Saturday, December 16

The Eye The Organ Of Sight

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The eye is the organ of sight. Consisting of structures that send image to back of eye onto the retina and nerve networks convert the image to electrical impulses. Both eyes work to form clear images form on each retina. The image is sharpened by accommodation by focusing with the automatic process. The pattern of light on the retina stimulates a flow of impulses along the optic nerve to the brain. The two optic nerves pass into the skull almost cross over and extend back on the underside of the brain then through the visual cortex.

The eyeball are located in pads of fat within the boney eye socket (for protection) and is moved by six delicate muscles. The movement of these muscles are coordinated by nerve networks in the brain stem. The tough outer coat is known as the sclera or whites of eyes. The outer coat the cornea is transparent and protrudes a small amount.

The human eye protected by the orbital socket of the skull, eyelashes, eyebrows, and eyelids. They are continually bathed in fluid by tears from the lacrimal glands. The tears empty into the lacrimal duct thus our nose also is affected by tears. Lacrimal secretions have an antibiotic property that cleanse and moistens eyes.

At the border of each eyelid are glands that oil the eye. An infection of this gland is called a sty.

The conjunctiva (thin membrane that lines the eye)secretes mucus which lubricates the eye. Each eye super imposition of images in both eyes allowing 3D vision of length,width, and depth.

The wall of the eye is made up of three concentric layers each with a function. the three layers are retina(light sensitive layer) , sclera (whites of the eye), and choroid (blood vessels that nourish the eye and non-reflective pigment) .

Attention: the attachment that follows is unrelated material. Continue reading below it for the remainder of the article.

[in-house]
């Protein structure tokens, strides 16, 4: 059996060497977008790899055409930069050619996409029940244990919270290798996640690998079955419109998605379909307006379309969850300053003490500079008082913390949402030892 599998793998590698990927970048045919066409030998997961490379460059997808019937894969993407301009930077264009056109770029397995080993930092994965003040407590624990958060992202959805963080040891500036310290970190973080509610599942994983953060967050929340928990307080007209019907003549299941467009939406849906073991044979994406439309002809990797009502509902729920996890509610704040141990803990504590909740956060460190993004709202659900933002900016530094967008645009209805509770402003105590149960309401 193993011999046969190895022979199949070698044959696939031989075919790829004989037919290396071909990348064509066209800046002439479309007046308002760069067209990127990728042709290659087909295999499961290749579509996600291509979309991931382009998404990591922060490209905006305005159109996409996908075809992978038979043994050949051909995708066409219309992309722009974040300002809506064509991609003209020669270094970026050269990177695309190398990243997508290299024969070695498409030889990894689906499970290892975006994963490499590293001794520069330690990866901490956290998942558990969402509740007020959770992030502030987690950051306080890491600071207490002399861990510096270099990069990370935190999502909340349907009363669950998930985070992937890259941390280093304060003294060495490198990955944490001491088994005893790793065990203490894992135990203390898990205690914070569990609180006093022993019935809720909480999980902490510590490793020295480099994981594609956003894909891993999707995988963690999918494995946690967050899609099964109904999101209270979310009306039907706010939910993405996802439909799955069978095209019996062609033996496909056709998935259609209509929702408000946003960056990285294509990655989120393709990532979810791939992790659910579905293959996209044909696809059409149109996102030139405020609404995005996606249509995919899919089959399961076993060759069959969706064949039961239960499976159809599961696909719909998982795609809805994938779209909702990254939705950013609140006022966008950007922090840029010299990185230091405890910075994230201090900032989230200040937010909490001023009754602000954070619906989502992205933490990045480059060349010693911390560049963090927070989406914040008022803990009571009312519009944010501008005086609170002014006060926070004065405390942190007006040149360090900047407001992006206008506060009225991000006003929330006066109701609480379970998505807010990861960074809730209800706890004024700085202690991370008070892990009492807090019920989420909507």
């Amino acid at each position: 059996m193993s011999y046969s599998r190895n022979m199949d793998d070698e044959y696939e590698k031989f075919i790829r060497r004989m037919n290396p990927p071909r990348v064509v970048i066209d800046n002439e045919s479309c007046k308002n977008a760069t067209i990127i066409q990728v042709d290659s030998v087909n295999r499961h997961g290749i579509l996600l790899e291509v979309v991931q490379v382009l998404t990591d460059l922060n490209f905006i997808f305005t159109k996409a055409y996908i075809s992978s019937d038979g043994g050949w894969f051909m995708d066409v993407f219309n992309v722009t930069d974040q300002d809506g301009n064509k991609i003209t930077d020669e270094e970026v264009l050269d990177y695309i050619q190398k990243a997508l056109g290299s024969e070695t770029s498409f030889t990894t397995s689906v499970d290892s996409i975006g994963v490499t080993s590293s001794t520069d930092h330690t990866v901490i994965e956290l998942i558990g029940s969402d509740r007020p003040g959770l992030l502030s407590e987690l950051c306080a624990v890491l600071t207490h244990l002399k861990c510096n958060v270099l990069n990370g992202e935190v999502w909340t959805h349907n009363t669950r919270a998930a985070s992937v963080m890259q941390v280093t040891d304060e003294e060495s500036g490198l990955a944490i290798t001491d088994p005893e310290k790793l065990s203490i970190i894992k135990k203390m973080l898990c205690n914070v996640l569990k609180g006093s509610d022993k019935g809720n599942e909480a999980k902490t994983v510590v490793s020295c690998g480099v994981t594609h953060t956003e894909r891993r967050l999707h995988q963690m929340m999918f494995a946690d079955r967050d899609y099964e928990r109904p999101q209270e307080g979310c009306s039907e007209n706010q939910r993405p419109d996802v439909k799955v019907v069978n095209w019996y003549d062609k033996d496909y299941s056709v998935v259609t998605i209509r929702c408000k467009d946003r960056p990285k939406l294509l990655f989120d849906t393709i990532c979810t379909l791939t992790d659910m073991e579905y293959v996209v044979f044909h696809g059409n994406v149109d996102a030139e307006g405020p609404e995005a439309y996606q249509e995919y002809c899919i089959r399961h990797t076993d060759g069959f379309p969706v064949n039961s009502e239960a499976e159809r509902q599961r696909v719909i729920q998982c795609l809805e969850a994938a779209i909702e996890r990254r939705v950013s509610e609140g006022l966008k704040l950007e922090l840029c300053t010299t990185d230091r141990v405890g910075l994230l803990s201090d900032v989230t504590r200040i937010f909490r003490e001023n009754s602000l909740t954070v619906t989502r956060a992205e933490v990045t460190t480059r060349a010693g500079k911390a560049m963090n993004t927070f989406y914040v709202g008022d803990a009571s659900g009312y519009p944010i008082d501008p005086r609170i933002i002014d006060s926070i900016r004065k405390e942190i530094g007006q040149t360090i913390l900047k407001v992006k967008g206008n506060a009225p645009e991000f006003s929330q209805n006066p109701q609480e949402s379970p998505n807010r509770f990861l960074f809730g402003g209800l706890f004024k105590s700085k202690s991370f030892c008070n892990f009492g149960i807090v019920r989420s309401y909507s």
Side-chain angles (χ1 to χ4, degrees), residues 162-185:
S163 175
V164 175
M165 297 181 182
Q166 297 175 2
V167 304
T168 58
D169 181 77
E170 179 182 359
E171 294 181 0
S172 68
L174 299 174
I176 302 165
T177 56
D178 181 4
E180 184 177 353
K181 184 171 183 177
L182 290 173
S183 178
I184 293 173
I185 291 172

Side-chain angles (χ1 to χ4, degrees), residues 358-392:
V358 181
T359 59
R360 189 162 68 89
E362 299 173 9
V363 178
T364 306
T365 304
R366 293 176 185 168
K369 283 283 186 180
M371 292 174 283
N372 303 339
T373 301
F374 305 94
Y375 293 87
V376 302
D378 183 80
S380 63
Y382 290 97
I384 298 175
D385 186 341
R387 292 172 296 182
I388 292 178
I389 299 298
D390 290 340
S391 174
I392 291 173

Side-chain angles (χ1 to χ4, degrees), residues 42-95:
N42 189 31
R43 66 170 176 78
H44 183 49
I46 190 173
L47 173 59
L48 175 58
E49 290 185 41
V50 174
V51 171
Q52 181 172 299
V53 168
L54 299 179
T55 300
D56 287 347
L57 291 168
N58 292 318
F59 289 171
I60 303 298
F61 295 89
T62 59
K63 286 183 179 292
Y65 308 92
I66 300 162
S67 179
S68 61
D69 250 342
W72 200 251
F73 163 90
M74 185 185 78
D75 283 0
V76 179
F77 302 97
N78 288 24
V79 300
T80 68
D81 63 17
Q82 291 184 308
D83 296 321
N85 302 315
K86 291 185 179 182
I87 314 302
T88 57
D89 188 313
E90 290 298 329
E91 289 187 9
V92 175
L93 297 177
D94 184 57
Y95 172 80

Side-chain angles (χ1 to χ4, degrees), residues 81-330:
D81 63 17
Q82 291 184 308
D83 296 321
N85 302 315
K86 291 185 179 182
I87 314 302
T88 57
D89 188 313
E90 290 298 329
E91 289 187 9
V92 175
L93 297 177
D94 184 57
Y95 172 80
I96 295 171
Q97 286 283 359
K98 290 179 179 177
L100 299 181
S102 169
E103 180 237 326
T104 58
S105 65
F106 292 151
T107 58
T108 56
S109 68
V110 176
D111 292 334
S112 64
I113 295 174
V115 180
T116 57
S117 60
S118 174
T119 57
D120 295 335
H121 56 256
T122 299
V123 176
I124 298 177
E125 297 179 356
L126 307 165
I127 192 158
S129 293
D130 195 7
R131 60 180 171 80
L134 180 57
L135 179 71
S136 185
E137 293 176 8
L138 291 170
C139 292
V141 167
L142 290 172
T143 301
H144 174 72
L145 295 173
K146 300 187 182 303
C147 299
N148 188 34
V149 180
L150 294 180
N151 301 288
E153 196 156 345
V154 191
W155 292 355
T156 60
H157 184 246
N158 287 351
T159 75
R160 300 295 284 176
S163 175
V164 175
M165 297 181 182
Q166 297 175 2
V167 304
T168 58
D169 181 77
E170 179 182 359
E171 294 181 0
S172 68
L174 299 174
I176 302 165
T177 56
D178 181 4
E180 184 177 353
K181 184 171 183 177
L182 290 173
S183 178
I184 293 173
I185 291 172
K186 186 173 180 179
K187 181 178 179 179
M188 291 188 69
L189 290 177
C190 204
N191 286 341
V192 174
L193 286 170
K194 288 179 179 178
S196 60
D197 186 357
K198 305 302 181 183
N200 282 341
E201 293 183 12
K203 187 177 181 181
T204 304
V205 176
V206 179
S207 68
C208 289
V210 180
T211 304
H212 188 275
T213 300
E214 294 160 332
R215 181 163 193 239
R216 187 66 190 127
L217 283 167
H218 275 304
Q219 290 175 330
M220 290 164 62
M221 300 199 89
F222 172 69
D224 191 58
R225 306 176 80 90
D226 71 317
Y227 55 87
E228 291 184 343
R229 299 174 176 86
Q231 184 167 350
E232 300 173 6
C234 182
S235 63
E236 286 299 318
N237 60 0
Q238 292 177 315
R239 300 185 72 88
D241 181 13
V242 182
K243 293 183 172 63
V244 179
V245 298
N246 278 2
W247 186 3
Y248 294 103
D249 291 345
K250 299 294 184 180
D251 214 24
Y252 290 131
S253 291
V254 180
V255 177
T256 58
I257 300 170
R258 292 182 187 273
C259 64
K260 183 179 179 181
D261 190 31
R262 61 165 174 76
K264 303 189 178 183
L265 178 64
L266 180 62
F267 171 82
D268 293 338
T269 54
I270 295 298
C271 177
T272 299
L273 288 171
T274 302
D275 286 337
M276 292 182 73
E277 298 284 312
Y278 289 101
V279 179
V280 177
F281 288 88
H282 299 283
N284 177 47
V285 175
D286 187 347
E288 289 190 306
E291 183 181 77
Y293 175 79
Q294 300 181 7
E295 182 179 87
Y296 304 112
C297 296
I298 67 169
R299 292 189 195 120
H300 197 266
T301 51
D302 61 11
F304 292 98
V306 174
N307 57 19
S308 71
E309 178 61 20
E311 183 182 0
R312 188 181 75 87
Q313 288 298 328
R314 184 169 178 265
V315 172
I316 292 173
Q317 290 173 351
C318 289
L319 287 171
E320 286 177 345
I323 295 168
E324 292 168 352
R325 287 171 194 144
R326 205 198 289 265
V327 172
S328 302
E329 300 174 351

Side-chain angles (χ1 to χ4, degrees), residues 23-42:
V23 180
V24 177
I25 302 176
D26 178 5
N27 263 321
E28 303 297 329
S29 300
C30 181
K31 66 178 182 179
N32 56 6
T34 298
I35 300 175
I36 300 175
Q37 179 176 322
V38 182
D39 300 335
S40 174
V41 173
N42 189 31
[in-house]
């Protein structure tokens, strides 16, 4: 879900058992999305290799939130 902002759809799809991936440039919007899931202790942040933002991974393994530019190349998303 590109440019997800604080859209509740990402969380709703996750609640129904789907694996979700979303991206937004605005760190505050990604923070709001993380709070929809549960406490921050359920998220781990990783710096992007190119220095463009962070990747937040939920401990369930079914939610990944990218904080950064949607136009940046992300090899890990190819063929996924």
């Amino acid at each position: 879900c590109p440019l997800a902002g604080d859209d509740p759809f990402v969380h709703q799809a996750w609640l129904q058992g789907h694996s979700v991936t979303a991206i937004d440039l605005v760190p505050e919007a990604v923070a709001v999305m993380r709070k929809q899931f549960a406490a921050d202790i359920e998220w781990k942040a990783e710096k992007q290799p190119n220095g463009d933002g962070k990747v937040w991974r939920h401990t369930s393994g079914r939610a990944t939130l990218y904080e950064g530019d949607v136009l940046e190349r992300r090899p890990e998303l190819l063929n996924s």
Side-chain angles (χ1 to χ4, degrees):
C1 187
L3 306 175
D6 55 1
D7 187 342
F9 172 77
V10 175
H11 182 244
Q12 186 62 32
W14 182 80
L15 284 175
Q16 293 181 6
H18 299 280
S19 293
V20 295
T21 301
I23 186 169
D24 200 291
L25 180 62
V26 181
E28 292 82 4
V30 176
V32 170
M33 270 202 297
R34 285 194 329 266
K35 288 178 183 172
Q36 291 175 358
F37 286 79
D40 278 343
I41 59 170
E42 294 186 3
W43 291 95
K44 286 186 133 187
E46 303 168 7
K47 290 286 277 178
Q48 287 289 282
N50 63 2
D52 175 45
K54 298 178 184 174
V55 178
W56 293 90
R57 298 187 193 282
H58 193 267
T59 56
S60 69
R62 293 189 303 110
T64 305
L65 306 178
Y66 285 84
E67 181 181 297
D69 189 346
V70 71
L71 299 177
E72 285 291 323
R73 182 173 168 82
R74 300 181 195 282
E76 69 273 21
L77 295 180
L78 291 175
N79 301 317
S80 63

Some Eye disorders are caused by:

Congenital defects

Infection

Impaired blood supply (narrowing, blockage and inflammation)

Tumors (Malignant melanoma of middle layer of eye)

Nutritional Disorders (vitamin deficiencies paticularly vitamin A)

Autoimmune disease (the body attacks its own tissues)

Macular degeneration ( aging of eye)

Glaucoma (fluid that keeps shape of eye is raised)

Retinal detachment (retina lifts away from underlying layer)

Ametropic (a re-tractive error)

Presbyopia (inability to focus on close objects)

Hyperopia (eyeball shorter than normal)

Myopia (eyeball is elongated)

Amblyopia (Reduction or dimness of vision)

Astigmatism (irregular curvature of the cornea or lens)

Diplopia (blurred vision)

Strabismus (cross eyes)

Strabismus (squint or mal-alignment of the eyes)

Cataracts (opacity of the lens of the eye)

Nystagmus (rapid uncontrollable movement )

Retinoblastoma (malignant tumor of the retina)

Albinism (absence of pigment)

Conjunctivitis (pink eye)

Corneal Infections

Endophthalmitis (infection within the eye)

Malignant melanoma

Xerophthalmia (dryness of cornea and conjunctiva)

Keratomalacia (cornea softening and destruction)

Uveitis (inflammation of the uveal tissue- iris, cillary, and choroid)

Ankylosing spondylitis (crippling and deforming arthritis)

Sarcoidosis

Lazy eye (normal vision failed to develop)

Night blindness makes it difficult to see at night. The rod cells in the retina affect this condition. Color blindness is a hereditary characteristic. There are three types of cone cells in the retina related to the primary colors of blue, red, and green. These cone cells are affected in color blindness.

As we age we lose elasticity, opacity of lens, and atrophy of the ciliary muscle and it causes the ability to focus on the fine details to become difficult. As we get older we need more time to focus and for eyes to adjust from light to dark thus we lose night vision.

Peripheral vision and depth perception also decrease with age. Just to be able to walk in crowded places and to drive, an adequate visual field is necessary. Also as we age miscalculations about height of objects and distances lead to mobility problems. Falls are more likely to happen. Also the lenses lose visual acuity because of changes in the lenses. Age also causes more appearances of macular degeneration, cataract formation, and glaucoma.

 

 

 

 

 

 

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